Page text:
On January 6, 2020, ITPI released a letter to the Digital Health Division of the Israeli Ministry of Health regarding the “Patient Rights Regulations Memorandum.”
In the past few years, the State of Israel has been striving to conduct research on digital health information in various ways and seeks to apply a universal and updated government policy to balance the right to research and information, while simultaneously respecting the patients’ rights to health and privacy. The Israeli Ministry of Health’s “Patient Rights Regulations Memorandum,” as part of the National Digital Health Plan, attempts to reach such a balance.
Using the “Privacy by Design” methodology (PbD), the Israel Tech Policy Institute’s position regarding this proposal is that it represents an achievable balance between two basic human rights, privacy, and health, and is also constitutional under Israel’s Basic Law of Human Dignity and Liberty. The “Patient Rights Regulations Memorandum” is proportionate and reasonable, and constitutes a series of compromises that embodies a necessary response to the constant technological changes of our era.
The Privacy by Design analysis of the “Patients Rights Regulation Memorandum” concluded that the Government took into consideration the right to privacy, examined the risks, and devised solutions to mitigate the potential risks and vulnerabilities. Multiple suggestions and recommendations were also given to better comply with privacy guidelines. Some suggestions are:
The arrangement is based on a distributed group of Internal boards in the health organizations (Sick Funds, Hospitals, Army and Prison system) that will include experts and public representatives. They will evaluate the risk analysis and mitigating measures to be applied and will decide whether to approve the access request.
A risk assessment analysis should be performed on every application for access to patient health data for research and use approved if the expected benefit from the study outweighs the risk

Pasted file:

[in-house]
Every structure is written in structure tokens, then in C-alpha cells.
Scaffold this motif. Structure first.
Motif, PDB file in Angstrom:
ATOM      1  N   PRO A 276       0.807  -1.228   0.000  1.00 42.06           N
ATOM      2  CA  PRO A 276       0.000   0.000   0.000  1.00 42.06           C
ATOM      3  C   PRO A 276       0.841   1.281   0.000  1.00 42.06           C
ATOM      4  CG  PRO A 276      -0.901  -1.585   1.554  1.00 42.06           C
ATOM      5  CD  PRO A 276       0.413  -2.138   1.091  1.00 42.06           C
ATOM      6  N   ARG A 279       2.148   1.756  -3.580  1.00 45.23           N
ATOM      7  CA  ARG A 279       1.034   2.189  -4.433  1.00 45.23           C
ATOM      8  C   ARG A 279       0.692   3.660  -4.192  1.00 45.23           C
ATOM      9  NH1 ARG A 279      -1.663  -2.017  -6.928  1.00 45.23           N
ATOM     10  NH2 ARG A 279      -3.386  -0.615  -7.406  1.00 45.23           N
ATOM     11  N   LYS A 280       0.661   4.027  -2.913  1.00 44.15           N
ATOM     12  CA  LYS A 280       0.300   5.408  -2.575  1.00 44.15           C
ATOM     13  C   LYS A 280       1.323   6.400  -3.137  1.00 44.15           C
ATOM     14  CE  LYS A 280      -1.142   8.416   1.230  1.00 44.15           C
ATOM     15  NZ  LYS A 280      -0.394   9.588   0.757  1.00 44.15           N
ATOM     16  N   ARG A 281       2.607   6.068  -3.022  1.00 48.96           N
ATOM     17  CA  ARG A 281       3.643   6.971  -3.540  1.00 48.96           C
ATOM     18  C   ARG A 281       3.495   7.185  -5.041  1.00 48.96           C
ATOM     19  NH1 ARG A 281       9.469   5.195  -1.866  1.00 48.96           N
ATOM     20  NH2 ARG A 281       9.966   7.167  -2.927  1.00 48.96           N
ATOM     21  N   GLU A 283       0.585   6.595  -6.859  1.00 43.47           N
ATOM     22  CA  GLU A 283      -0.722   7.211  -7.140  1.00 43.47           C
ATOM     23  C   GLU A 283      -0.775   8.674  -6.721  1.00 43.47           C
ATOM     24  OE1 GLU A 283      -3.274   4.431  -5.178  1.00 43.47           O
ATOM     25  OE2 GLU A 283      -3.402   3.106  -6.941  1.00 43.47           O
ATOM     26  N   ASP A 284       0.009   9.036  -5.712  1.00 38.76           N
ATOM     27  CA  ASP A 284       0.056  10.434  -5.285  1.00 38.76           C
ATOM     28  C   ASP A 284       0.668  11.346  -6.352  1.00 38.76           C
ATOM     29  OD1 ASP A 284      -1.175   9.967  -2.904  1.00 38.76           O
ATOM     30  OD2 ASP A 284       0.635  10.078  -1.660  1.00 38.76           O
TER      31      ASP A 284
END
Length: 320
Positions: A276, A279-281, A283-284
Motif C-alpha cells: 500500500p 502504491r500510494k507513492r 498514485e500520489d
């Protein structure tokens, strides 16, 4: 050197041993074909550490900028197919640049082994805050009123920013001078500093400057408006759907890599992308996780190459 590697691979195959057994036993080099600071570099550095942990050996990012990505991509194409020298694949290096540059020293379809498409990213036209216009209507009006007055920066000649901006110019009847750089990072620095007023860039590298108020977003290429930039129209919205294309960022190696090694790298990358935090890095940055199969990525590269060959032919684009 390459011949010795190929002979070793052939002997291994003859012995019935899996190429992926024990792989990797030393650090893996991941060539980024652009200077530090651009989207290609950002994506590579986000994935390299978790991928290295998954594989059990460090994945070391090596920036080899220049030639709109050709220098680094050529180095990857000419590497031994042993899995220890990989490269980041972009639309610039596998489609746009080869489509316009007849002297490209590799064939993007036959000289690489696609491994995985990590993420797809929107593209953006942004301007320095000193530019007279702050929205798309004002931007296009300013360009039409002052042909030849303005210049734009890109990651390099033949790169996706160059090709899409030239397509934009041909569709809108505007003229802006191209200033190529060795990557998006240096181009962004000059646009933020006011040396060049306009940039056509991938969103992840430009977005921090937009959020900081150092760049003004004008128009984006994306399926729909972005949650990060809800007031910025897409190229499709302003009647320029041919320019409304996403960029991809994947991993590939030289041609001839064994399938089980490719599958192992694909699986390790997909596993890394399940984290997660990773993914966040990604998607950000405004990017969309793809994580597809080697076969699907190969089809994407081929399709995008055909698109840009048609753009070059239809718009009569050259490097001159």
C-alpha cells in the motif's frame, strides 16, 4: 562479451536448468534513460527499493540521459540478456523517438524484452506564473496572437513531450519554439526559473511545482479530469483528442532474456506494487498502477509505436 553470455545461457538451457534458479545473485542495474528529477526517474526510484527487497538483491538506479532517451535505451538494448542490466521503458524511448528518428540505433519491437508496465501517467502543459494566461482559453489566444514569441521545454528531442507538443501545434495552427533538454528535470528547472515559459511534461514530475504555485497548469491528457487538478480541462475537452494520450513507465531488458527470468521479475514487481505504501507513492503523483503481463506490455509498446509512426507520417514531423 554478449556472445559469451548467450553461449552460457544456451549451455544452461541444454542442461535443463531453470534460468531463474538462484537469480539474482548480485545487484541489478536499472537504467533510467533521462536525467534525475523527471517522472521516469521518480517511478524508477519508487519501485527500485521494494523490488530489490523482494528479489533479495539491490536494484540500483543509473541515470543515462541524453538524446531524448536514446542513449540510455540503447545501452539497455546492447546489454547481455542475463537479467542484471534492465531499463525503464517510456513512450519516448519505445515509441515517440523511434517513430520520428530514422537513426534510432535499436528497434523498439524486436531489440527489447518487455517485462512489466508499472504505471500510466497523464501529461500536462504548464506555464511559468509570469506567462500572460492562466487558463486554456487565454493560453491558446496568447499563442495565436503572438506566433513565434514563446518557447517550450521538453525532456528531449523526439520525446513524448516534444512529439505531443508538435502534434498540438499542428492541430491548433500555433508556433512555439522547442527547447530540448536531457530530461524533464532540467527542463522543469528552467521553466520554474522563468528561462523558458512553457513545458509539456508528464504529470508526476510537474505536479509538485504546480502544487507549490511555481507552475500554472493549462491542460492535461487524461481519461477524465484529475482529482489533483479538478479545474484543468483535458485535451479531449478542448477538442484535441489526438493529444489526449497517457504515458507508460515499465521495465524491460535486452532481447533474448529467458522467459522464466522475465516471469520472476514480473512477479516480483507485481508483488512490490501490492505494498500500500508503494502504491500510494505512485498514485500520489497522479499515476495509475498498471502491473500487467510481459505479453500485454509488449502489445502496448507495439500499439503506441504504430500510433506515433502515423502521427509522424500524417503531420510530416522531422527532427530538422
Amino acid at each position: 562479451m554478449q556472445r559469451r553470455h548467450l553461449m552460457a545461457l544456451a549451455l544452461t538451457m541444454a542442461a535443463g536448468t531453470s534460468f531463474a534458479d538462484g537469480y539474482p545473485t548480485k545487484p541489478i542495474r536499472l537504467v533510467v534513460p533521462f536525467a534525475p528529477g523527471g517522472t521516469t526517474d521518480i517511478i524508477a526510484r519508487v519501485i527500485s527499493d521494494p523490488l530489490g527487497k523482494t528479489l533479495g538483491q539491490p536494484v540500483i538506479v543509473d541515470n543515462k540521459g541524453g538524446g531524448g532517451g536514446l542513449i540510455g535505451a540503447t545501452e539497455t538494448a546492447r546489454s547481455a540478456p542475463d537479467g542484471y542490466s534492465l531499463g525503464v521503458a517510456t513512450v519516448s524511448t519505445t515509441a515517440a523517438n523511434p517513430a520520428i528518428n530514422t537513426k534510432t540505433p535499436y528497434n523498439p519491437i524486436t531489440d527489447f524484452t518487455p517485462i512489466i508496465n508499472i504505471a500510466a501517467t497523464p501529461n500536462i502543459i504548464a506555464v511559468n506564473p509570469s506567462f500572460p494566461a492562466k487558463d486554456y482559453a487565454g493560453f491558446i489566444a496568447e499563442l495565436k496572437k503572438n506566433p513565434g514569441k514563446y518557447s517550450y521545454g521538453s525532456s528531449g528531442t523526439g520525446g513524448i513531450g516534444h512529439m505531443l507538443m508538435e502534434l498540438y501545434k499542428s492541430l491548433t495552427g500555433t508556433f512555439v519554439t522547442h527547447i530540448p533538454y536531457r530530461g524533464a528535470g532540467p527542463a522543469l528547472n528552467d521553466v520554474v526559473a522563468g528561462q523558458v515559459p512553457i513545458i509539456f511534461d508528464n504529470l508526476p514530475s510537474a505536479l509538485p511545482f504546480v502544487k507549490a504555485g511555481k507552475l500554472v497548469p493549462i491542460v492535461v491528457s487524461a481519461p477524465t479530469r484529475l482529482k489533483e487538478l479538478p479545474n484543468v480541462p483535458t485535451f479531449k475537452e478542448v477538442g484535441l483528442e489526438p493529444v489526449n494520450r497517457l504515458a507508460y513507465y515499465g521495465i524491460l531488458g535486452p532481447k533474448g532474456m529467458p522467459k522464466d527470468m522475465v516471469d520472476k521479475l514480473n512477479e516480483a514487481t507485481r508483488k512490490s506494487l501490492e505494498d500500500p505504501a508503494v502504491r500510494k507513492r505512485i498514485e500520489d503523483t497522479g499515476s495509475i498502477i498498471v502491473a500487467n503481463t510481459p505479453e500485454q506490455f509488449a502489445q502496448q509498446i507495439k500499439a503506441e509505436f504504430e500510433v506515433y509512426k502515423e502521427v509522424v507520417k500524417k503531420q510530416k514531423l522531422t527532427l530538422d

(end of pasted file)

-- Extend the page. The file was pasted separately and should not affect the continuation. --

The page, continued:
Appropriate measures should be taken to reduce the risk of re-identifying people using different types of anonymization and encryption
Health organizations must make binding contractual arrangements with researchers, enforce them, and sanction those who violate procedures
An obligation to examine the purpose of the research in the requested information, and to conclude whether the use of the data is beneficial to the health of the individual or the public, will contribute to improving the quality of health care or medical research, or the promotion of human knowledge in the health field
Data approved should be minimized to research applicant actual need
The default will be giving access to the data in a virtual research platform controlled by the health organization. Releasing data to a researcher outside the health organization should be under the proof of significant circumstances not allowing for the use of the virtual platform and considerable gains to health by the research
The arrangement is a product of a 3-year process that included a multi-stakeholder National Health Council research, consultation and recommendations process
A full listing of the recommendations ITPI has made to the memorandum can be found in our full report.
On December 25, 2019, ITPI, with the Zvi Meitar Institute at IDC Herzliya, conducted a multi-stakeholder roundtable discussion on the suggested policy, and the implementation of the arrangement on hypothetical cases of health information requests. All sides of the debate, academia and industry researchers, health organizations, security experts and policymakers, came together to discuss their respective thoughts on the issue.
The researchers commented that the anonymization and encryption of information present difficulties in cross-referencing data on patients. That the study of big data and artificial intelligence inherently requires for large data bodies in scope and cannot be limited in scope, and that Israeli bureaucracy and regulation demands that the researcher’s identity be Israeli and the research conducted in Israel, which limits the scope of research and international collaboration.
Health professionals contributed their concerns, mostly the difficulties of navigating the policies and regulations and recommend for the establishment of a central state infrastructure in which all the information of the health organizations can be concentrated. Policymakers added their concern regarding their requirement of strict due diligence, a lack of ranking for sensitive information, and the need for an appeal mechanism.
The entire ITPI report, in Hebrew, can be downloaded here.